Todd Haynes is a filmmaker I love, but I am never fully sure what to expect from him. He has made a rather diverse collection of films over the years, but he has such a gift for authentically presenting complex characters and relationship dynamics in his work. He also works with irony rather well, which is fully on display in this film. He does such a great job of playing with levels in the film, as he allows much of the film to feel more grounded and realistic, but has moments where the film feels a bit more intense and dramatic. These moments lure the viewer in, playing with our expectations, all before the film veers in a different direction. It keeps the viewer on their toes, and is so wonderfully handled by Haynes. While I would say there are other films from him that I prefer more, his direction here is still some of his finest work to date. It's so strong and assured, and showcases his talents beautifully.


The one-two punch of Natalie Portman and Julianne Moore in this film is incredibly effective, especially since their performances complement each other so well. Portman is a bit more reserved for much of the film, but the subtleties of her performance are still felt strongly. There are so many small details to how she portrays Elizabeth that really stood out to me, and the way she slowly adopts some of the quirks and characteristics that Moore brings to Gracie is quite impressive. Portman has a killer monologue near the end of the film that shows this transformative quality so powerfully, and had me glued to the screen due to her sheer screen presence. It's easily her best performance since 2016's Jackie, and is quietly effective. Moore has the showier performance for sure, but the emotionally unstable nature of the character plays to her strengths as an actress. At first, she seems a tad overpowering, but once she and the film itself settle into a nice groove, she puts forth some great work. Not to mention she gets to deliver a hammerblow near the end of the film that makes the viewer rethink everything they've seen so far. Her more open, vulnerable performance is such a great contrast to Portman's more guarded, subdued one, and the two of them together are electric.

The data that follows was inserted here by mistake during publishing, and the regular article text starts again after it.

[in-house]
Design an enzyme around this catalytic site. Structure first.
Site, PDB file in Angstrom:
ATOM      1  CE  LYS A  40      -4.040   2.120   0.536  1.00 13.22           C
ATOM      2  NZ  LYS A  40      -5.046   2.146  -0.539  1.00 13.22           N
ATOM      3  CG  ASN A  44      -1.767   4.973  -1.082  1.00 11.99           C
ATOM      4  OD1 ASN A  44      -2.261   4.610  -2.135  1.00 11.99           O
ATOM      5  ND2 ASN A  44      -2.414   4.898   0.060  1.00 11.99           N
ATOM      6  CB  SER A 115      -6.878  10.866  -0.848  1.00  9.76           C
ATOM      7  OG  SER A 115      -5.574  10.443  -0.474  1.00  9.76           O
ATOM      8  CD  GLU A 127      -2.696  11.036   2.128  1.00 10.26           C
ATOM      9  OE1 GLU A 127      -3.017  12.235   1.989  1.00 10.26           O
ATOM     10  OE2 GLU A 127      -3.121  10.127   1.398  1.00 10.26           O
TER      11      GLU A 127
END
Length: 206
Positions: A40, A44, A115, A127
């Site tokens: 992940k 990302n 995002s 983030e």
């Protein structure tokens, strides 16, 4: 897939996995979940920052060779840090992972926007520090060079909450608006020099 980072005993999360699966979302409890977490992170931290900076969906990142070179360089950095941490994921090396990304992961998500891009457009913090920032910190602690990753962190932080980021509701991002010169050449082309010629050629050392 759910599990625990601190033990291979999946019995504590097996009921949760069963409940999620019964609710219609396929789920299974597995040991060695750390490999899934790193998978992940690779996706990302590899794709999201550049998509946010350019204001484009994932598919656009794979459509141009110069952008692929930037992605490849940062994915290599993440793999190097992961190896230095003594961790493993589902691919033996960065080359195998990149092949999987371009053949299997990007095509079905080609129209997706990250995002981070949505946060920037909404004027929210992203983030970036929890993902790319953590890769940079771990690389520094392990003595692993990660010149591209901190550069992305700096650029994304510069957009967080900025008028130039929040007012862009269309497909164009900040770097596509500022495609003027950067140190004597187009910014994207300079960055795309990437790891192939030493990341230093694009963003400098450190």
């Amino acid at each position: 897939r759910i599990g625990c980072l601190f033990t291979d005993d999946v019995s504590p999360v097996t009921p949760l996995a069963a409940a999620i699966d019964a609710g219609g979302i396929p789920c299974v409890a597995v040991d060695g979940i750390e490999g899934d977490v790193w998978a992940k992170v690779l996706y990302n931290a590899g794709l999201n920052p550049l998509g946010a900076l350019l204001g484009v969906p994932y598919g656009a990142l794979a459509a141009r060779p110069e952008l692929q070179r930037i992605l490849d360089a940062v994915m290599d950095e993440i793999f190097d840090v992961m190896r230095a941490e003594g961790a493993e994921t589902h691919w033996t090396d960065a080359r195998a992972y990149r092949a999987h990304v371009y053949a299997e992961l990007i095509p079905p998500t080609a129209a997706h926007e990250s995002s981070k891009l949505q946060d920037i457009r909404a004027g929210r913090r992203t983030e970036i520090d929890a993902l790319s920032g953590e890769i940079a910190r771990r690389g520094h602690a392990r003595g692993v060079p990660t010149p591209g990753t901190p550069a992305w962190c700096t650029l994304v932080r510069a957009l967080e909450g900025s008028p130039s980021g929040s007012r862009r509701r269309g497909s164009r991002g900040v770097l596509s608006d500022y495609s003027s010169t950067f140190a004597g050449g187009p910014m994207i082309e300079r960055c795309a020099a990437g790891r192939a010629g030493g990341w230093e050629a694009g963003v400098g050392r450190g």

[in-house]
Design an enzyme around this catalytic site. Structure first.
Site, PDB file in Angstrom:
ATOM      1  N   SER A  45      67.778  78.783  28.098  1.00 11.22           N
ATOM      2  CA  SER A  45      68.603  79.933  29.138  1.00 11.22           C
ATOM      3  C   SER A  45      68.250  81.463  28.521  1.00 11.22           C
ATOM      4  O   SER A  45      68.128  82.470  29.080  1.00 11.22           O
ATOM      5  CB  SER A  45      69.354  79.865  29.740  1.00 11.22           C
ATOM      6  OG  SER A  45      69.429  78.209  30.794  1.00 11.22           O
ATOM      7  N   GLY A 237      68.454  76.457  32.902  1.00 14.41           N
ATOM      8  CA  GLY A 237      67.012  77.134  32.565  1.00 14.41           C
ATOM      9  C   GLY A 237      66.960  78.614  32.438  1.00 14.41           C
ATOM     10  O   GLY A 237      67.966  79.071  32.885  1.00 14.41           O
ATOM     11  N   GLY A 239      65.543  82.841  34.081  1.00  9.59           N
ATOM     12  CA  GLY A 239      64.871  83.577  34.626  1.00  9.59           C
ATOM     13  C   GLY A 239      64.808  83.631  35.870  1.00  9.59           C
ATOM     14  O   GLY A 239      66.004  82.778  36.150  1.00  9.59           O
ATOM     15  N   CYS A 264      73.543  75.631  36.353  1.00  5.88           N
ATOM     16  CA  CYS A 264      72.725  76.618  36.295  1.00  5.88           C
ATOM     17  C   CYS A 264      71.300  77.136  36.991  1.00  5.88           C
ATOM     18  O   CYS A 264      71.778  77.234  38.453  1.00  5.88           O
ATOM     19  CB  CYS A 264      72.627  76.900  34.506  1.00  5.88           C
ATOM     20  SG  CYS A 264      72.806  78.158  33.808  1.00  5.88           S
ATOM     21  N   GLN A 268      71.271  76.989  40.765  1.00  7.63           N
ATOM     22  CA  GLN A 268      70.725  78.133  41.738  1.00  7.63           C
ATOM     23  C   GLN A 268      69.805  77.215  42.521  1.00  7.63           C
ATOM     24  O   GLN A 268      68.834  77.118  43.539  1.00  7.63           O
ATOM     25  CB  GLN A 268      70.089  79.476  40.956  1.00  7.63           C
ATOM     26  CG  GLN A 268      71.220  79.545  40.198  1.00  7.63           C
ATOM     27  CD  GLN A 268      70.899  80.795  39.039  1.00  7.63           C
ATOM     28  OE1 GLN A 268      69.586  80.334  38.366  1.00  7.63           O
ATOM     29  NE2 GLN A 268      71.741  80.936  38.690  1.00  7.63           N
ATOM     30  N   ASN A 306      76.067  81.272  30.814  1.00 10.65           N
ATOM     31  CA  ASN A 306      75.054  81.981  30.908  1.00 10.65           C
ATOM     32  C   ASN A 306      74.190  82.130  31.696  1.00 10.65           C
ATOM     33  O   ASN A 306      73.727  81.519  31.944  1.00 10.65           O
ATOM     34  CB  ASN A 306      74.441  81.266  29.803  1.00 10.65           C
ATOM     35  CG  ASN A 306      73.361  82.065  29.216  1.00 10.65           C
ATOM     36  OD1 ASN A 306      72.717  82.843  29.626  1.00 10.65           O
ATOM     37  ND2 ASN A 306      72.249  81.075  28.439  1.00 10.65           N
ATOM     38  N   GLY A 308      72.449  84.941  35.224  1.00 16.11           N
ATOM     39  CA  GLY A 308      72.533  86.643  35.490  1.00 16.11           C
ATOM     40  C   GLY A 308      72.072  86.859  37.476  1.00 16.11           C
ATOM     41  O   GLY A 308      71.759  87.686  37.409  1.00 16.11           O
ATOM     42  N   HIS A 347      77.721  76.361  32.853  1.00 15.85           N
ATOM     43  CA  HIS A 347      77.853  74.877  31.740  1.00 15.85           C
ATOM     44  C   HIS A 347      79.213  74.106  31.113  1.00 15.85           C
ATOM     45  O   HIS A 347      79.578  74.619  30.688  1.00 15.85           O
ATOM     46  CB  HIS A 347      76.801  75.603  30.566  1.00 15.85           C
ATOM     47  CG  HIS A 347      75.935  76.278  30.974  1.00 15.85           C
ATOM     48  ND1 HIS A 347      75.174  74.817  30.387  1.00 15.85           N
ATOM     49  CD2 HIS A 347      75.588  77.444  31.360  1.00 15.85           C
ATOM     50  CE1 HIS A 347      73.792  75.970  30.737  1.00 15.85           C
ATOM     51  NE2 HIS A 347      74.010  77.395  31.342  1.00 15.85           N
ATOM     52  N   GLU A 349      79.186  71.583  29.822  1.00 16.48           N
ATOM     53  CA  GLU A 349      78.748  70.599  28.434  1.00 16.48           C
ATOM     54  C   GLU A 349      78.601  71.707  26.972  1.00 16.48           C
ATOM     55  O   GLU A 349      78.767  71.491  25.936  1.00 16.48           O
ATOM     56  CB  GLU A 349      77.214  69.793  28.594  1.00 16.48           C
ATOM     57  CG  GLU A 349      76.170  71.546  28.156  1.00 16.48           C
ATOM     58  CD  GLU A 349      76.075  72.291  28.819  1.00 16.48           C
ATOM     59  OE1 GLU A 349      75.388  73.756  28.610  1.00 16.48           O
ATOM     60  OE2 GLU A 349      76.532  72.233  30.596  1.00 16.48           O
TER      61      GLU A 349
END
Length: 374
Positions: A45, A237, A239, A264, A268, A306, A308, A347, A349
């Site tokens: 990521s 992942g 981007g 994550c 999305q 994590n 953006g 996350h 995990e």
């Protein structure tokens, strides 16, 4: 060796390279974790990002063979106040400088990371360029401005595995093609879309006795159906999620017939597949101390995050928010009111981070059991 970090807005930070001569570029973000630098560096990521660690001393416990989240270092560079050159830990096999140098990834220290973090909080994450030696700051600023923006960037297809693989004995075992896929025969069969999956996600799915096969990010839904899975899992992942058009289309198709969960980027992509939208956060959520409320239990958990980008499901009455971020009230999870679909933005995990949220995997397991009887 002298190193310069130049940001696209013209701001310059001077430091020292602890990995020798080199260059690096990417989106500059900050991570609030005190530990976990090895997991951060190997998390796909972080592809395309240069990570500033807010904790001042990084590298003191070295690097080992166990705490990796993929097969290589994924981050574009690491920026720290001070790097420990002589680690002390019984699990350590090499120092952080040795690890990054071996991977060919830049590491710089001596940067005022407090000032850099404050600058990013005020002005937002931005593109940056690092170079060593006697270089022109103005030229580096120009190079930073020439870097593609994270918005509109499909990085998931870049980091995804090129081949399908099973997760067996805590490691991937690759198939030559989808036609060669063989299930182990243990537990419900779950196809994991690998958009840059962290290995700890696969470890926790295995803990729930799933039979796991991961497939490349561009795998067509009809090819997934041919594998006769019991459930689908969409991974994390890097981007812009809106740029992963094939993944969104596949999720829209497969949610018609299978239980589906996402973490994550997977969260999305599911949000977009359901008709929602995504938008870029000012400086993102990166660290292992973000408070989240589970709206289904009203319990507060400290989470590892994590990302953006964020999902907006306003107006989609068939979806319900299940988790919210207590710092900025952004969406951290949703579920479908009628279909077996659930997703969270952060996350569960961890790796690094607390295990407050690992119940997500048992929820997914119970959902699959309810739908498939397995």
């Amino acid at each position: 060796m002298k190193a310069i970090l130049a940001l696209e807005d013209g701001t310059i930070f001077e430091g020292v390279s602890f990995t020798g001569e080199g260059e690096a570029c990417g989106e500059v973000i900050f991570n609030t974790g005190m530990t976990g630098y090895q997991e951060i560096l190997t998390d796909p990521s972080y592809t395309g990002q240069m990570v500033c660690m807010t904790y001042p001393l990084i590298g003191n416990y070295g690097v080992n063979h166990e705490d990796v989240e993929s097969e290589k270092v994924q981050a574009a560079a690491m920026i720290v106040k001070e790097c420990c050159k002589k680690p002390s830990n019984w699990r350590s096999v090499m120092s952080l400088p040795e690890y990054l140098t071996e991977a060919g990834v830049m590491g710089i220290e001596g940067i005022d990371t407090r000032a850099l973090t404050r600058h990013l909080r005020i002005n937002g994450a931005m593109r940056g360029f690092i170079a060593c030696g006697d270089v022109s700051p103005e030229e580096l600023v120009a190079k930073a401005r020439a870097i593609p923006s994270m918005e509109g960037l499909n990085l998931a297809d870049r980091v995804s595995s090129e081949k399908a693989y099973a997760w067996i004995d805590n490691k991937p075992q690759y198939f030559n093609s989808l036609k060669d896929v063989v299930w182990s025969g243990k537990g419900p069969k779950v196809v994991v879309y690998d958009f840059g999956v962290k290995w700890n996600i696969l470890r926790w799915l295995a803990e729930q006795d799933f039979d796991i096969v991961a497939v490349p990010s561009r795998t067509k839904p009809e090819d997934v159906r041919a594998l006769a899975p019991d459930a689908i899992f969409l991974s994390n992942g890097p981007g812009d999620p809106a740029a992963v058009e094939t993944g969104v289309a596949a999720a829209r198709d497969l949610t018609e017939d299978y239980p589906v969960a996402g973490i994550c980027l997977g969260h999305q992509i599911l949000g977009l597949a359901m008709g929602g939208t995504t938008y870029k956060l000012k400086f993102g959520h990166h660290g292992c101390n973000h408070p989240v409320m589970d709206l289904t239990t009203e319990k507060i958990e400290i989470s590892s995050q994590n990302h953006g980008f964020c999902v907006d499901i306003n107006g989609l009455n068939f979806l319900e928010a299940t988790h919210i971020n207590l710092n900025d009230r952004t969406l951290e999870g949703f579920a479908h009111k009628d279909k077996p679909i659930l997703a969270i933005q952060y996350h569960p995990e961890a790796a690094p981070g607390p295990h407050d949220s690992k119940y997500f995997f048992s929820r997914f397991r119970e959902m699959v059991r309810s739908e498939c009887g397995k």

Perhaps the biggest surprise of the film for me would have to be Charles Melton's performance as Joe. Melton is not an actor I was too familiar with going into this film, but he gives such a brilliantly understated performance here. He is able to portray such a specific mentality and a person who has experienced such specific trauma in a way that feels so real and precise. I have never seen an actor play someone who is stunted in the way that Melton does, and I was stunned by how effortless it seems for him. The character of Joe is an adult, but he still feels like a child in many ways. But instead of going for more of a man-child angle, Melton hones in on the ennui and sadness of the character, which makes for a far more compelling performance. There are quite a few unanswered questions with the character that I wish we would have got some closure on, but some of that mystery really fuels the character and makes him more intriguing to watch.


May December is a film that will likely divide viewers, largely due to its sensitive subject matter and strange tone. It is a challenging film, and is a bit slow in places, but it is so audacious and builds to an exceptionally strong finish. It is definitely the type of film that leaves you with a lot to ponder, but it is also one of the boldest and most memorable films I've seen all year. May December is absolutely brilliant, and while it may appear straightforward on the surface, it is more layered than one would expect, and offers up quite a bit to chew on long after the credits roll.


Rating: 4.5/5